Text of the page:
Daily Archives: September 29, 2009
At some point in the development of human culture, we — and I speak a collective “we” as citizens of the world — decided that we did not like fart jokes. The very term “fart joke” has become short hand for humor that’s crude. Unseemly. Lazy. Far too bourgeois. Any movie that employs a fart joke is immediately dismissed as the trash heap of comedy. A movie, for example, could have a script written by Garrison Keillor. But if you, heaven forbid, put a fart joke in it, lord how the critics will talk! They will stick their nose up in the air and say things such as, “Leave your surreptitious trumpetlike rump blasts for infants and rednecks.” (Notable exception: Blazing Saddles. For some reason, the fart scene there is considered high art, perhaps because it is the best fart scene.)
The paradox, though, is that fart jokes are funny. Let out a long, mighty rip — ideally punctuated by a motorboat staccato — and you can bring the whole room down with laughter and tears of joy. There’s something primal about hearing a fart and laughing in kind. It’s an instinct hard-coded the deepest recesses of our minds. We find it funny, our forefathers found it funny, and it doesn’t depend on witticisms that need copious amounts of cultural baggage or familiarity with the language. Sarcasm may be unique to Western culture, but fart jokes are universal. It’s somewhat of a comfort to imagine that our ancestors amused themselves around a campfire by ritualistically dancing around the campfire in their facepaint and decorative shields to celebrate the gods for their blessed feast of wild boar, only to have the festivities erupt into guffaws when one of the dancers felt particularly gassy. Naturally, his wife would be standing sternly to the side, rolling her eyes.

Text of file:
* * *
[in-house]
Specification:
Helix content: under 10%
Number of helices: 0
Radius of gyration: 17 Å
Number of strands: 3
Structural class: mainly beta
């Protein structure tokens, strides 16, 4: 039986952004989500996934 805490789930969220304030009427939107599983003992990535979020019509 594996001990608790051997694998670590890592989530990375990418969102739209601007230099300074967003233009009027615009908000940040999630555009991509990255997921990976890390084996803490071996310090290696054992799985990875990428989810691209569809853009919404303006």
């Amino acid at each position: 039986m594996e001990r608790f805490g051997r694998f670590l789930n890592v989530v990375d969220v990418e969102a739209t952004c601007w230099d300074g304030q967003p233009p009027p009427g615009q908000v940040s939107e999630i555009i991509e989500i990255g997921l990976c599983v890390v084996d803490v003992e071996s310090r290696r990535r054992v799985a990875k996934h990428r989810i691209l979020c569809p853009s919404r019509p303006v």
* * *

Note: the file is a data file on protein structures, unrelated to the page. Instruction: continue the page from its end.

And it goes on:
Which brings me to Gunshow, a webcomic by the irrepressible KC Green. It’s no insult, I think, to say that Gunshow is the fart joke of webcomics. I mean that metaphorically, for the most part … though it’s pretty literal at times, too. Gun Show taps into the most primordial instincts, daring us to laugh from something as ridiculously simple as a goofy-looking face. Like the crude humor you find in those early Mel Brooks films and South Park‘s Terrence & Phillip, sometimes it takes a genius to remind you that fart jokes are, in fact, funny.